Godspeed You! Black Emperor – Edinburgh Playhouse August 10th 2016
Yet another trip through to Edinburgh for a gig and also the first time since Neil Young 8 years ago I’ve been to the Playhouse. It’s a shame it has become the venue for ‘shows’ rather than bands as it is real old school and retains a charm few venues have these days. Tonight’s show was part of the Edinburgh Fringe programme and I’ll be returning to this venue in a few weeks to see Mogwai and hopefully my hearing will have returned.
Tonight though it was Godspeed You! Black Emperor who played their brand of post-rock, experimental rock, instrumental rock or whatever genre you want to place them in. I’m a relatively recent convert to the GYBE camp. They appeared on my radar not long after Mogwai but two bands who I wish had I had heard of a lot sooner.
Having battled traffic to get through from Glasgow I was sure I would miss the beginning of the show but luck was with me as the gig started almost as soon as I sat down. GYBE aren’t your normal band. On stage they consist of 3 guitarists, 2 bass players, 2 drummers and a violinist and they all amble onto the stage at various points of the first piece of music and create an almighty racket. GYBE play loud, very loud. They play in almost complete darkness, they have a screen behind showing films that don’t really show anything much, some footage of buildings, trains etc. they form a semi circle round the stage with no one in the middle and the guitarist in front of me was sitting down with his back to the audience, they don’t interact with the crowd apart from a half hearted farewell wave from a few members at the end as they troop off one by one, it’s odd but it works.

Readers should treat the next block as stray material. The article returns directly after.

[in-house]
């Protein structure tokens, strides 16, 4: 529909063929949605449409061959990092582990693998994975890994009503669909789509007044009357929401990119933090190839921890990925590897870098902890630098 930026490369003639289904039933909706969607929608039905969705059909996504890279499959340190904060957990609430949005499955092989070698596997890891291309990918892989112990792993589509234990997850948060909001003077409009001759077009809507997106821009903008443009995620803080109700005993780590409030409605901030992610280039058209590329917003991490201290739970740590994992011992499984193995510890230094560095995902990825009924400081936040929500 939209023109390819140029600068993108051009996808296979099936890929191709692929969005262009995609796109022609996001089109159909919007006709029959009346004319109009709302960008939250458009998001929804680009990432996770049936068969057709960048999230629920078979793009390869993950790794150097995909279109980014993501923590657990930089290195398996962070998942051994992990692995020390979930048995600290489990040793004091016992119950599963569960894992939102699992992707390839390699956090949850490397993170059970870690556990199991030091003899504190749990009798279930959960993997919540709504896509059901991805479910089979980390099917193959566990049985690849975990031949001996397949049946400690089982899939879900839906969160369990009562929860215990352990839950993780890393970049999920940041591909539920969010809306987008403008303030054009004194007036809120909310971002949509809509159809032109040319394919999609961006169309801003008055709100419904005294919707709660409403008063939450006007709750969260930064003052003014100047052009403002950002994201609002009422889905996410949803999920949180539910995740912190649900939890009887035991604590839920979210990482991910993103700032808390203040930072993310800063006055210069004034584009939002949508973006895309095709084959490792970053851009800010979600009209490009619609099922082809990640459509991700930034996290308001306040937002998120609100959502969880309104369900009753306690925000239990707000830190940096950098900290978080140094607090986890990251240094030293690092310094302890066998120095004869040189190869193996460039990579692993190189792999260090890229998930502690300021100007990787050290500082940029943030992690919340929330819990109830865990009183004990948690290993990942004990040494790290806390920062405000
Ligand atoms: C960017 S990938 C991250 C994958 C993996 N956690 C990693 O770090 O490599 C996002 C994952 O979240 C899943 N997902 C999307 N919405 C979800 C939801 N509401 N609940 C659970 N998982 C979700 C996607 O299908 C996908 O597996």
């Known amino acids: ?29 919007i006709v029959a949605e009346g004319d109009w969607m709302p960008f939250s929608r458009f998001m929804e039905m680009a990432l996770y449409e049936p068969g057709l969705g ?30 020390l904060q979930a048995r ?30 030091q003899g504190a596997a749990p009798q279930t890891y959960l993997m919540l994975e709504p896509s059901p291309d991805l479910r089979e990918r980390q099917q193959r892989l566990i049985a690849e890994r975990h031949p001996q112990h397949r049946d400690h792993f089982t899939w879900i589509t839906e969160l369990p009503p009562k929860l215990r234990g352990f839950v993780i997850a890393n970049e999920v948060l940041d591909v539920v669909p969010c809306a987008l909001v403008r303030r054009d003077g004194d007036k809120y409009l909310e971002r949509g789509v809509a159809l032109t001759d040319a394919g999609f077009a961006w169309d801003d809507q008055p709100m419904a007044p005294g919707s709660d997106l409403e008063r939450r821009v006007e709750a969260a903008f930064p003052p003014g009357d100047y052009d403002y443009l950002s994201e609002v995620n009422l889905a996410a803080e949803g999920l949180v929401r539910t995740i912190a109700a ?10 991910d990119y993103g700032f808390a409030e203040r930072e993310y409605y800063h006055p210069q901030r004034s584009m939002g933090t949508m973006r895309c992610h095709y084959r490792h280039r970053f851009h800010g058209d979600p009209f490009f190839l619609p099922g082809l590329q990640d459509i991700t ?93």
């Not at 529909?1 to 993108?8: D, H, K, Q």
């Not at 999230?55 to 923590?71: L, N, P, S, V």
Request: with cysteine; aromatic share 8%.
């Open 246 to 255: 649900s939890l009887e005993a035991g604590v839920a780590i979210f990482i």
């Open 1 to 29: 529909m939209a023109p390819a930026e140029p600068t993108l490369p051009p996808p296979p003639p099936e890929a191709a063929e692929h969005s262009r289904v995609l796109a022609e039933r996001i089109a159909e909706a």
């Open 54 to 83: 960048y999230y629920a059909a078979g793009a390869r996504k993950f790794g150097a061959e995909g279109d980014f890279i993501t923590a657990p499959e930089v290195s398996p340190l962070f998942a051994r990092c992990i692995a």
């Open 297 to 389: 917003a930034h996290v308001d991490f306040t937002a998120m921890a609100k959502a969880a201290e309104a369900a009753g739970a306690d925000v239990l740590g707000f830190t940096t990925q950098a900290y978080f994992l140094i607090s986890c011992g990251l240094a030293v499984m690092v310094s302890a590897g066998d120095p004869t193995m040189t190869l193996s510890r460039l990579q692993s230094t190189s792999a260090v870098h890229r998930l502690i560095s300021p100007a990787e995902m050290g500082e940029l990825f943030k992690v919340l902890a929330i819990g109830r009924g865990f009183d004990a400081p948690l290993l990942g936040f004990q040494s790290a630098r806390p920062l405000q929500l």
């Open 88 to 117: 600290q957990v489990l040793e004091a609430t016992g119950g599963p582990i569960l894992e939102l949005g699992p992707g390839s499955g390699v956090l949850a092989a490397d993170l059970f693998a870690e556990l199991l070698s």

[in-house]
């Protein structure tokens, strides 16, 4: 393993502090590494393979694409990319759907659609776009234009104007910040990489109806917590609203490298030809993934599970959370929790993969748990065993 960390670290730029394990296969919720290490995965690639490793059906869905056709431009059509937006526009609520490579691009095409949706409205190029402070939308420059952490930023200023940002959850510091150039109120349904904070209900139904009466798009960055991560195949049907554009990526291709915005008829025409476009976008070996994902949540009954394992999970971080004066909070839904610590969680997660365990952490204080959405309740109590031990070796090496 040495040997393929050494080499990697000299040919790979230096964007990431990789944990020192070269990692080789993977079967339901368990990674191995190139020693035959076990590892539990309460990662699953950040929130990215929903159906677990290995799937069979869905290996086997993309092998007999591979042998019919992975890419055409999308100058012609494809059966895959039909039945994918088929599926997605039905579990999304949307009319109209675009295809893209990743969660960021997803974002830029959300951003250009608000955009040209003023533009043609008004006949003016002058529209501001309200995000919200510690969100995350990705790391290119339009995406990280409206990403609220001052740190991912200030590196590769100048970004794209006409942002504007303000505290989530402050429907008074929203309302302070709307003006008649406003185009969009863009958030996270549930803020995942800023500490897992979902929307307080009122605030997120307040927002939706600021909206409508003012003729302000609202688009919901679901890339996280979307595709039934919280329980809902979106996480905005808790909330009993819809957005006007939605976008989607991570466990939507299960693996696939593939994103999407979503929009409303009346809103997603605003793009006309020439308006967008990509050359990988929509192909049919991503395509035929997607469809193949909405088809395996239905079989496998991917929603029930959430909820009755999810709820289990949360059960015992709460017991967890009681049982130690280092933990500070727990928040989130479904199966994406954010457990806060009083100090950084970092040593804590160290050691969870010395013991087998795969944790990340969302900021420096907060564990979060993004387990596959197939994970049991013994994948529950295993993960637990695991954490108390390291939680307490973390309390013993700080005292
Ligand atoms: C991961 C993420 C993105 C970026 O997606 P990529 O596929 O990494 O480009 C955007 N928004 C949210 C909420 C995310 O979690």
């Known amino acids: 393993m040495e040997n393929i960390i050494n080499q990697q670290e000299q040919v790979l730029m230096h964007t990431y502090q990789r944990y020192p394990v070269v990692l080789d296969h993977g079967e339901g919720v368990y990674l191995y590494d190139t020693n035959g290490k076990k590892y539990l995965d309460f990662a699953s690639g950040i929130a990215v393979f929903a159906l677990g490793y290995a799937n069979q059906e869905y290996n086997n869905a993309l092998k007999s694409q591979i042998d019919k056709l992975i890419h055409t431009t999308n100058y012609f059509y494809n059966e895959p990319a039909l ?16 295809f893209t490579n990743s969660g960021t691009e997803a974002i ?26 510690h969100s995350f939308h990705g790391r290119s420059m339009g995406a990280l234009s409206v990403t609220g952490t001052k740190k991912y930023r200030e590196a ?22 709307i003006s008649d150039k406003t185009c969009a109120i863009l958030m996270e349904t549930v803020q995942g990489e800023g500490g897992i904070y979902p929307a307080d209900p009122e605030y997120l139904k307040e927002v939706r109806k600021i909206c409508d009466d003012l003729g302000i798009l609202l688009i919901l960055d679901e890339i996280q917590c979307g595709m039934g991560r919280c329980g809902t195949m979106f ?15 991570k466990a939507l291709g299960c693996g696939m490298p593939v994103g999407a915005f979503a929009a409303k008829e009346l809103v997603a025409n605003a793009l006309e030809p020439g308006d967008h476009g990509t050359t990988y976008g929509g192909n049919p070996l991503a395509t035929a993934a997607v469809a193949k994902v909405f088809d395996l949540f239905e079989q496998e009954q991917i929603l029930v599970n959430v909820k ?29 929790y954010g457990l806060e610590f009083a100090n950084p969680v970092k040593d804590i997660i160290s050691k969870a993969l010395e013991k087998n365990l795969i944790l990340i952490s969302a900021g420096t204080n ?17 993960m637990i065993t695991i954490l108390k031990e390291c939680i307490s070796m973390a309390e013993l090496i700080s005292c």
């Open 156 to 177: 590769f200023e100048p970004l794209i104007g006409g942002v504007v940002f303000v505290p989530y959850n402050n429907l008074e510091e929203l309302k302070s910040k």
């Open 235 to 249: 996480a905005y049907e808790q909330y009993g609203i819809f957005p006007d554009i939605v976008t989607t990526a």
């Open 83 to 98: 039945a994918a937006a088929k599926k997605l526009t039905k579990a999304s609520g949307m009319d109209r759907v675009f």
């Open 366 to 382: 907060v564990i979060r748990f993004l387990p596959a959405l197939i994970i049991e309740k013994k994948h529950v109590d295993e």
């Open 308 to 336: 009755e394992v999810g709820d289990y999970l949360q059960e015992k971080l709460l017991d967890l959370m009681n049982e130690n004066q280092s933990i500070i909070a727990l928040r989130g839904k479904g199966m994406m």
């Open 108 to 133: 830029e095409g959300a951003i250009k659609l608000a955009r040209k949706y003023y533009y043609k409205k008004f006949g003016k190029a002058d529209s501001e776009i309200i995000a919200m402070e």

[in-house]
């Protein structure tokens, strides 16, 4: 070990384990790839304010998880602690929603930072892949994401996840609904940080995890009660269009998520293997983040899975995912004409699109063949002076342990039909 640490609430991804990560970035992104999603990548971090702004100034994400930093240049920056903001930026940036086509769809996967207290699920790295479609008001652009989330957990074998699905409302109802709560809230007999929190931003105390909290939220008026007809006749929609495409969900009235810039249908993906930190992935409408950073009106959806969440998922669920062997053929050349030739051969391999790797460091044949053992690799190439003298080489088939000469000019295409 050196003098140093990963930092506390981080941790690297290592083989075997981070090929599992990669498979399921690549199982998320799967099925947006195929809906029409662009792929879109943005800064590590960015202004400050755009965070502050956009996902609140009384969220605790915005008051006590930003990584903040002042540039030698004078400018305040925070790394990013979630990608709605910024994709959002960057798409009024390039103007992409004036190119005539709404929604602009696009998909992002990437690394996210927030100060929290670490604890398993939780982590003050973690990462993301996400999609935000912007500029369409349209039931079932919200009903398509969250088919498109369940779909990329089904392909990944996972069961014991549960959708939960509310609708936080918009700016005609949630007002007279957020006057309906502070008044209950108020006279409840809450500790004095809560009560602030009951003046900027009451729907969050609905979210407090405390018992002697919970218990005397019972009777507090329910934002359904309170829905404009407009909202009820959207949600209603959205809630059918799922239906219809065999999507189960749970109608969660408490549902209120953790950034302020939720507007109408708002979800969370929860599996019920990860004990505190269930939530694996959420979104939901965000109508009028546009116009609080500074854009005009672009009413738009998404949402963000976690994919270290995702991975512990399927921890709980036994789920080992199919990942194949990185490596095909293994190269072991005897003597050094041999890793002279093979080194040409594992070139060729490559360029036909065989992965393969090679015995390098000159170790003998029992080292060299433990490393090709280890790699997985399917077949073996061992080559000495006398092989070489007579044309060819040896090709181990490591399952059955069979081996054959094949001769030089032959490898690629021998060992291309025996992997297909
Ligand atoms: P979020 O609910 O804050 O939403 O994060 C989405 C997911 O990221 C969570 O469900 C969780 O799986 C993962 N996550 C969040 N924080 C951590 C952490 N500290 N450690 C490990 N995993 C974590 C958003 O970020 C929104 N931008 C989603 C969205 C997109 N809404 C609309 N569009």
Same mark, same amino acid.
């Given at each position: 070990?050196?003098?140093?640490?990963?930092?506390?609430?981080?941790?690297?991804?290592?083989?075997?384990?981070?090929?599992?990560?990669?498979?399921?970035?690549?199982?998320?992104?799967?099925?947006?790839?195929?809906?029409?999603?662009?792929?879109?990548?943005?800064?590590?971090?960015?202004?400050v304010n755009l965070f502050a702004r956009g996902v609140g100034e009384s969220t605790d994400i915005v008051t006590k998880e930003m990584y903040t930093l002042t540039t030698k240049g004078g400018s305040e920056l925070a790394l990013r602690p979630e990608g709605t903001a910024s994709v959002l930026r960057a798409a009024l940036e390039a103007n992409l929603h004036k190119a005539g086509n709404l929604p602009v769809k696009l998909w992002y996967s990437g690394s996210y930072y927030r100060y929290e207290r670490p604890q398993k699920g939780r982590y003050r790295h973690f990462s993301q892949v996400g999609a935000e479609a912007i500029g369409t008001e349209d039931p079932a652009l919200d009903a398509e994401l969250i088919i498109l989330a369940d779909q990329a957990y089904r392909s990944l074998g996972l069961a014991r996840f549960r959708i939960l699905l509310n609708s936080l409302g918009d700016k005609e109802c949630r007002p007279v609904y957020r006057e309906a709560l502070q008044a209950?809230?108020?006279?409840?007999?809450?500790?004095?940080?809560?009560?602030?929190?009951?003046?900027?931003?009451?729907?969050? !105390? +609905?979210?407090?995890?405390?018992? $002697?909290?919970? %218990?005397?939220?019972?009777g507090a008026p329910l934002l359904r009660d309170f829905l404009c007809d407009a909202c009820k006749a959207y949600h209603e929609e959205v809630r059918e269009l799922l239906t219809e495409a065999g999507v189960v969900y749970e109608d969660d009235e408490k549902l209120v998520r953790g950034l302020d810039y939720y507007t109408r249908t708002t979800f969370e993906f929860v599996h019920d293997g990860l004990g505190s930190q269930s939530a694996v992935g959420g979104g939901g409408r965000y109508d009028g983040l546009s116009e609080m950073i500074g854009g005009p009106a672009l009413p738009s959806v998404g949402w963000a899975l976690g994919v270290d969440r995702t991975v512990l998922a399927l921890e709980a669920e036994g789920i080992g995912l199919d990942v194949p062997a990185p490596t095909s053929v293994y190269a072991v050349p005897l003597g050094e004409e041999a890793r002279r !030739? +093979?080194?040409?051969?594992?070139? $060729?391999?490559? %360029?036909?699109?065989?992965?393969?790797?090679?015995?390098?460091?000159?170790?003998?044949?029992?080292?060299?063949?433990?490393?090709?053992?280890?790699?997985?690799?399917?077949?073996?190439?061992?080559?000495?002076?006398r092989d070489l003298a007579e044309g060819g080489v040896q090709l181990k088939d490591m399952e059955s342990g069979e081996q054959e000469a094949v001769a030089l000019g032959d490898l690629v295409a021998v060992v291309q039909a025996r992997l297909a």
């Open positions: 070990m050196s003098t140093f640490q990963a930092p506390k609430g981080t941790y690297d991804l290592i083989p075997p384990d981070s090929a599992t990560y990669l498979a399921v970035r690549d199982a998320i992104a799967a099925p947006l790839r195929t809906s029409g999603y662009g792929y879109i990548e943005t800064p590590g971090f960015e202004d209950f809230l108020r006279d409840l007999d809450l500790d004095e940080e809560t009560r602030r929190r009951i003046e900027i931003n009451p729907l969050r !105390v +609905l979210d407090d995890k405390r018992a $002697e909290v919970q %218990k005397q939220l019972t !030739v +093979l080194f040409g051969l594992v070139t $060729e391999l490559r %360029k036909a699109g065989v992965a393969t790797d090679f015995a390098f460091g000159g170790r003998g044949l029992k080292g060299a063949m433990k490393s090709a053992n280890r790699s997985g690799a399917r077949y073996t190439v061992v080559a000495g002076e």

It’s an aural assault on your senses, their music makes you anxious, uneasy, on edge, euphoric. It’s a heady mix and you don’t get to relax at a GYBE show. The music builds and builds until at times you feel as if all 8 members are playing different tunes before it all comes back together creating a massive wall of sound before slowly dying away leaving you feeling slightly violated. Unlike most bands I go and see I couldn’t tell you the names of any of the musicians on stage or indeed any of the pieces of music they played although I did recognise the music. I think though that is part of the whole experience, at least for me. I’m sure plenty of folk know the titles and who the band are though. It’s fairly challenging music that over 1hr and 45 mins leaves you feeling quite drained.
I loved it.
It was probably the loudest gig I’ve been to this year at least it will be until Mogwai probably.